In 1946, 3.4 million babies were born in the U.S., a jump of 22% from the previous year. The surge of births continued, year after year, until 1964. By that time 78 million "baby boomers" had joined the population, creating a huge demographic bulge that flourished in America's postwar prosperity.
Now, with the first of them turning 60,Webmd.com reports the baby boomers are about to do something utterly conventional and predictable. They're going to start getting old and begin developing health problems. They're also going to retire from the workforce and potentially need help at home. Boomers are expected to live longer than any previous generation of Americans. So who will take care of them?
The Silver Tsunami
Baby boomers now make up 26% of the U.S. population. A fragile, dependent population of aging boomers would place tremendous demands on Medicare, and require lots of support from professional caregivers and the boomers' children. Their children are caught in the sandwich generation – taking care of their kids and now, taking care of their parents. This job usually falls to the eldest daughter but today she typically has a job and can’t be there when mom or dad falls or needs help making dinner or simply wants to talk to someone. Enter home care; screened and professionally trained caregivers who help ease the burden for families already strapped for time.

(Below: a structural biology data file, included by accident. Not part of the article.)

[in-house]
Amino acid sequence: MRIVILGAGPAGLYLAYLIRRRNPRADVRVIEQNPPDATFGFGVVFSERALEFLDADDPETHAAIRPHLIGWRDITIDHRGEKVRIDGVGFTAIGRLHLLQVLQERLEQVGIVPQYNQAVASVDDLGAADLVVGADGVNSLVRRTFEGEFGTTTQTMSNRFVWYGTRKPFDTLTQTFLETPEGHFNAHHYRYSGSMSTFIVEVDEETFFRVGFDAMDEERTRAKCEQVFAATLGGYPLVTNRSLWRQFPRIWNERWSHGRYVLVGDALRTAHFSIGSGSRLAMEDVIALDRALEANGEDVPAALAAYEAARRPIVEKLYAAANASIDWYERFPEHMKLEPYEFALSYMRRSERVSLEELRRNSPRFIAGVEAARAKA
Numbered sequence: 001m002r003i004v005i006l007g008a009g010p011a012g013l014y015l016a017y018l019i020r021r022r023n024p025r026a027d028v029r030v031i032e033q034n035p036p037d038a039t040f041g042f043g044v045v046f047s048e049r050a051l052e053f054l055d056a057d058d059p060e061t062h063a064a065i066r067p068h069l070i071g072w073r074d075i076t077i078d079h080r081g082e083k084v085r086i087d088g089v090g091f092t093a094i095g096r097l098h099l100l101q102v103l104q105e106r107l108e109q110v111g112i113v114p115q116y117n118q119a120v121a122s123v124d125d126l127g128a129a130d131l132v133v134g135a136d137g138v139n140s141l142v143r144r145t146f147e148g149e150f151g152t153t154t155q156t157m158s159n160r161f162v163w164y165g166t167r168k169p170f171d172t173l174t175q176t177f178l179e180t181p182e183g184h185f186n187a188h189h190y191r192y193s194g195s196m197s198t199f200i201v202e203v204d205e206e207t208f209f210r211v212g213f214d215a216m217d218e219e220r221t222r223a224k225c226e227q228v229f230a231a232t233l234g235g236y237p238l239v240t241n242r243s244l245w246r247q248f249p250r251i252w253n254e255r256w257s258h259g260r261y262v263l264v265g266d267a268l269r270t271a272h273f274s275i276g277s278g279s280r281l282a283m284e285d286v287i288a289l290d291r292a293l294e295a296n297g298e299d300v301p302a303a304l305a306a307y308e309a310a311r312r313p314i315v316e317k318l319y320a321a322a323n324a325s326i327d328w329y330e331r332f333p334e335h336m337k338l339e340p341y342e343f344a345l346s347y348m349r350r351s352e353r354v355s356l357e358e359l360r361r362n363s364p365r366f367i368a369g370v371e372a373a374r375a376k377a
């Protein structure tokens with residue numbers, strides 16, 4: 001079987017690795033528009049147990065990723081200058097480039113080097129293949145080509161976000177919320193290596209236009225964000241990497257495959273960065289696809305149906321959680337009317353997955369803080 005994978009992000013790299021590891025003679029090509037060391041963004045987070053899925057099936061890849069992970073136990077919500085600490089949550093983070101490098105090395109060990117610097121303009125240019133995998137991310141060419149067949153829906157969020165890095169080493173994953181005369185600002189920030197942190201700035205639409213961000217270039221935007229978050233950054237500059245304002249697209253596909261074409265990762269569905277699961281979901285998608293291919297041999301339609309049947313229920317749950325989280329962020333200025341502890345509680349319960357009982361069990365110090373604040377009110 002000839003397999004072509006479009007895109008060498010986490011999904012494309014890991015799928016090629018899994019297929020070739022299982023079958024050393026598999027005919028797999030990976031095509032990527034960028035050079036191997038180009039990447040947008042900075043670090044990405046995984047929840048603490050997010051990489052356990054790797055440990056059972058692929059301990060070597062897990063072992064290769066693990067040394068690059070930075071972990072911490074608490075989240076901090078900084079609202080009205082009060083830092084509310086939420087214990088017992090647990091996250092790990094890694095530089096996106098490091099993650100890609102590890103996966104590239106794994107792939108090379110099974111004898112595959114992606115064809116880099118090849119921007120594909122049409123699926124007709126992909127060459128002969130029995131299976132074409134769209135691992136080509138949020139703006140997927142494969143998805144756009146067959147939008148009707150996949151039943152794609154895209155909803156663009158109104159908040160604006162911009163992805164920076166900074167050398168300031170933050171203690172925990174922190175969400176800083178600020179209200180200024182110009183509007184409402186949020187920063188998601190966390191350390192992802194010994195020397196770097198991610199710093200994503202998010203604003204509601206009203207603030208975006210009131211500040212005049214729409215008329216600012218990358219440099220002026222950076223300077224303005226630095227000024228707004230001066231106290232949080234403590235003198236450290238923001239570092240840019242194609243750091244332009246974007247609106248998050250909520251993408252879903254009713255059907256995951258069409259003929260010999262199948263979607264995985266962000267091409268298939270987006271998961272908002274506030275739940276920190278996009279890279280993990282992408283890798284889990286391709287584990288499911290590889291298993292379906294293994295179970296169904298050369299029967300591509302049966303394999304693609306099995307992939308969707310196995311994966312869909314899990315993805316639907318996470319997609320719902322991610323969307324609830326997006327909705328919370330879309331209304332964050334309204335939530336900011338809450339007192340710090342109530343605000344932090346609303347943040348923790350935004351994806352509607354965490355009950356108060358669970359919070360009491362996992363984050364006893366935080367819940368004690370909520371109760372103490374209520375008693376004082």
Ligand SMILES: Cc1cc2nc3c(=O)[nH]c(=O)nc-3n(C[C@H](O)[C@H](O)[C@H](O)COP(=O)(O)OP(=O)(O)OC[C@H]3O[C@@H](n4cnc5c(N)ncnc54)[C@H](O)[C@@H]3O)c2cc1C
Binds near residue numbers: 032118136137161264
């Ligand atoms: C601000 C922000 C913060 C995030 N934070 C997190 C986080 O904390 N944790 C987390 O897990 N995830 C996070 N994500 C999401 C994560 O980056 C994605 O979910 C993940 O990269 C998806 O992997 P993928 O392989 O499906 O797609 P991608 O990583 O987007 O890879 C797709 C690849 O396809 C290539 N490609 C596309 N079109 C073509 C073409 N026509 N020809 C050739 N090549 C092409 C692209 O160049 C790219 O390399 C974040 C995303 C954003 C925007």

Baby Boomers Living Longer with Health Issues
This growing number of seniors will have health problems and will need someone to take them to the doctor and serve as another set of eyes and ears at appointments. Widespread obesity among boomers, combined with a lack of exercise, could lead to an epidemic of diabetes, which dramatically accelerates aging and leads to a host of chronic diseases. Their adult children, strapped for time, barely can make it to their doctor appointments, never mind leaving work to take their parents to the doctor.
Some Baby Boomers Will Live Perfectly Healthy Lives
Some baby boomers, however, will enjoy not just increased longevity but better health as well. In 2005, the age-adjusted death rate for heart disease, the leading cause of death, was 64% lower than the rate in 1950. The age-adjusted death rate for stroke, the third leading cause of death, declined 74% since 1950.
That suggests that many boomers may be aging more slowly than previous generations because of healthy habits, such as less smoking and more exercise.
Gary Burtless, a senior fellow at the Brookings Institution, tells WebMD, “I think there's a lot of evidence that people are healthier mentally and physically than they used to be."
Whether healthy or unhealthy, Baby Boomers will live longer and will need someone to take care of them. That burden will fall to the family unless professional caregivers step in to help.